Inside PewDiePie's Insanely Profitable, Endlessly Controversial YouTube Empire

With over 100 million subscribers, he is unmatched in terms of reach on the video-sharing website.

By Billy Nilles Oct 24, 2019 7:12 PMTags
PewDiePieChris Jackson/Getty Images

Seeing the name PewDiePie in a headline like the one above will likely elicit one of three reactions:

1. "I love that guy!" or

2. "Ugh, that guy." or

3. "Who?"

No matter which camp you fall into, there's no denying that the YouTube superstar, whose real name is Felix Kjellberg and celebrates his 30th birthday on Thursday, Oct. 24, has a story that's as fascinating as it can be infuriating with a rise to notoriety that could only happen at this time in this this way. In the near-decade since the Swedish internet personality first began uploading videos while still an industrial economics and technology management student at Chalmers University of Technology in his hometown of Gothenburg, Kjellberg has gone from simple gamer/vlogger to one of the video-sharing website's most influential figures, ranking as the most subscribed and viewed channel to be operated by a single individual with over 100 million subscribers and a mind-bending 23 billion video views. 

And along the way, he's amassed nearly as much controversy as he has influence and money—if not more.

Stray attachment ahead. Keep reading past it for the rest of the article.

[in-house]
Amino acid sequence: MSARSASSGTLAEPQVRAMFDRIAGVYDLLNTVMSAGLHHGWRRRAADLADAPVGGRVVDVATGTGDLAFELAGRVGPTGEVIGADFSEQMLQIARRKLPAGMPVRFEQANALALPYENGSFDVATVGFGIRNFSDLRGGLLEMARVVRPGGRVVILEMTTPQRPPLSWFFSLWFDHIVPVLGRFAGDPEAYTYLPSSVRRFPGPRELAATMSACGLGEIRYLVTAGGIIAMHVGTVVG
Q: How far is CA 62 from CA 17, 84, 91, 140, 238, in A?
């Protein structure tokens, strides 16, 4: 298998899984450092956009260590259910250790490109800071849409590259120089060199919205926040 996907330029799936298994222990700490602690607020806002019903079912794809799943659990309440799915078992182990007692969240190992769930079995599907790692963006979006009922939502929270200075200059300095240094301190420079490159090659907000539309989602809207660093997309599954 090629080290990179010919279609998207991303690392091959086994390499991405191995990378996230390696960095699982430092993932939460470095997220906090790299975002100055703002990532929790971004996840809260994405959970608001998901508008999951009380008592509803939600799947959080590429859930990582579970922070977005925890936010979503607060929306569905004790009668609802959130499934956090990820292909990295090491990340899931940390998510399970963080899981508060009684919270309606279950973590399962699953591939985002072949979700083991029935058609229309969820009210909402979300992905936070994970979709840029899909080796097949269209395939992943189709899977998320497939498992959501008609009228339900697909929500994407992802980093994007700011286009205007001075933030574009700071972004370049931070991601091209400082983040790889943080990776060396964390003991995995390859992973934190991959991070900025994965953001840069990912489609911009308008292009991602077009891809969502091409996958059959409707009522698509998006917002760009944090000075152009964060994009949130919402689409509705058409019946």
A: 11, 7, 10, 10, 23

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After quitting uni in 2011, not to focus on his burgeoning YT career, but because the course failed to spark interest in him any longer, he's since claimed, Kjellberg's genuinely goofy and energetic personality helped to elevate his Let's Play videos—a wildly popular subset of YT content in which the gamer documents their playthrough of a video game with added audio commentary and, usually, a camera view of their face—in a way the website had yet to see. 

"I knew people were big at other types of videos, but there was no one big in gaming, and I didn't know you could make money out of it. It was never like a career that I could just quit college to pursue. It was just something I loved to do," he said in a 2015 video. "And here we are five years later and it's exploded."

He wasn't lying.

While he was forced to support himself in the channel's early days by selling prints of his Photoshop art as he worked at a hot dog stand, with his parents refusing to offer him any financial assistance after he dropped out of school, the need for such extracurricular endeavors, as it were, ended quickly. By July 2012, he reached one million subscribers, added another million by September, and had signed a deal with Maker Studios, an independent YouTube network that went on to be purchased by Disney in 2014 (this will be important in a minute) by December.

Exactly a year after he hit one million subscribers, his count hit 10 million and continued to rise. By the end of 2013, he was gaining a new subscriber every 1.037 seconds, closing out the year with just under 19 million, with a growth higher than any other channel that year.